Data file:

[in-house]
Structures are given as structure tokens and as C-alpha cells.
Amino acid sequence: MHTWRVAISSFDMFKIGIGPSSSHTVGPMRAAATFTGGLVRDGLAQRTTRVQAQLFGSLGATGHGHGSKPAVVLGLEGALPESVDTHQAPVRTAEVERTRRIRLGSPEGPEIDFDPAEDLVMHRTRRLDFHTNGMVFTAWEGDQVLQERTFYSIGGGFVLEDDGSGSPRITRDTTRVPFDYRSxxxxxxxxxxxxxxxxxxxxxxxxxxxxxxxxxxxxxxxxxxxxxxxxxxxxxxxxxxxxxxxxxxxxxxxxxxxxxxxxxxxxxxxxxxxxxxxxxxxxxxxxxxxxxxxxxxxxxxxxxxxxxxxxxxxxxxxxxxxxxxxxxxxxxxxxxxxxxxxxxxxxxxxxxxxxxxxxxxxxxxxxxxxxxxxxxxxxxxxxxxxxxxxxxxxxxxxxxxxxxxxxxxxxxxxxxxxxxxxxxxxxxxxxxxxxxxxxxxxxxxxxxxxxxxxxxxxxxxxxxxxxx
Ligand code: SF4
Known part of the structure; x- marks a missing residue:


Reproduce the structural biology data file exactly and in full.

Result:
[in-house]
Structures are given as structure tokens and as C-alpha cells.
Amino acid sequence: MHTWRVAISSFDMFKIGIGPSSSHTVGPMRAAATFTGGLVRDGLAQRTTRVQAQLFGSLGATGHGHGSKPAVVLGLEGALPESVDTHQAPVRTAEVERTRRIRLGSPEGPEIDFDPAEDLVMHRTRRLDFHTNGMVFTAWEGDQVLQERTFYSIGGGFVLEDDGSGSPRITRDTTRVPFDYRSxxxxxxxxxxxxxxxxxxxxxxxxxxxxxxxxxxxxxxxxxxxxxxxxxxxxxxxxxxxxxxxxxxxxxxxxxxxxxxxxxxxxxxxxxxxxxxxxxxxxxxxxxxxxxxxxxxxxxxxxxxxxxxxxxxxxxxxxxxxxxxxxxxxxxxxxxxxxxxxxxxxxxxxxxxxxxxxxxxxxxxxxxxxxxxxxxxxxxxxxxxxxxxxxxxxxxxxxxxxxxxxxxxxxxxxxxxxxxxxxxxxxxxxxxxxxxxxxxxxxxxxxxxxxxxxxxxxxxxxxxxxxx
Ligand code: SF4
Known part of the structure; x- marks a missing residue: